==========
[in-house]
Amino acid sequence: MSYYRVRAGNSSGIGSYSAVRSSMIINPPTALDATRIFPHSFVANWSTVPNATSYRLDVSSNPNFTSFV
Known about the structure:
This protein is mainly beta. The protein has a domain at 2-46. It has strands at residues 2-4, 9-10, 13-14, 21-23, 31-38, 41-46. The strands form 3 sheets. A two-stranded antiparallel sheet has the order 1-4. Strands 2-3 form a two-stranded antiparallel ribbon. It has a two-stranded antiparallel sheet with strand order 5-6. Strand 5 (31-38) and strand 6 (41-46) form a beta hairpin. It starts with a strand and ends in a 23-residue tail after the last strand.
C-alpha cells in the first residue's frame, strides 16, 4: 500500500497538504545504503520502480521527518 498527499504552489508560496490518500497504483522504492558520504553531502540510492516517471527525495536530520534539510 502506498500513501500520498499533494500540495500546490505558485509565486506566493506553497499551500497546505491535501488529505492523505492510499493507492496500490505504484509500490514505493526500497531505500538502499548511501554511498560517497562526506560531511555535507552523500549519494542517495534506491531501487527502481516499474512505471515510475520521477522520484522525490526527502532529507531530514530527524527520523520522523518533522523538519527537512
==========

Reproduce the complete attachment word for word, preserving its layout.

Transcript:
[in-house]
Amino acid sequence: MSYYRVRAGNSSGIGSYSAVRSSMIINPPTALDATRIFPHSFVANWSTVPNATSYRLDVSSNPNFTSFV
Known about the structure:
This protein is mainly beta. The protein has a domain at 2-46. It has strands at residues 2-4, 9-10, 13-14, 21-23, 31-38, 41-46. The strands form 3 sheets. A two-stranded antiparallel sheet has the order 1-4. Strands 2-3 form a two-stranded antiparallel ribbon. It has a two-stranded antiparallel sheet with strand order 5-6. Strand 5 (31-38) and strand 6 (41-46) form a beta hairpin. It starts with a strand and ends in a 23-residue tail after the last strand.
C-alpha cells in the first residue's frame, strides 16, 4: 500500500497538504545504503520502480521527518 498527499504552489508560496490518500497504483522504492558520504553531502540510492516517471527525495536530520534539510 502506498500513501500520498499533494500540495500546490505558485509565486506566493506553497499551500497546505491535501488529505492523505492510499493507492496500490505504484509500490514505493526500497531505500538502499548511501554511498560517497562526506560531511555535507552523500549519494542517495534506491531501487527502481516499474512505471515510475520521477522520484522525490526527502532529507531530514530527524527520523520522523518533522523538519527537512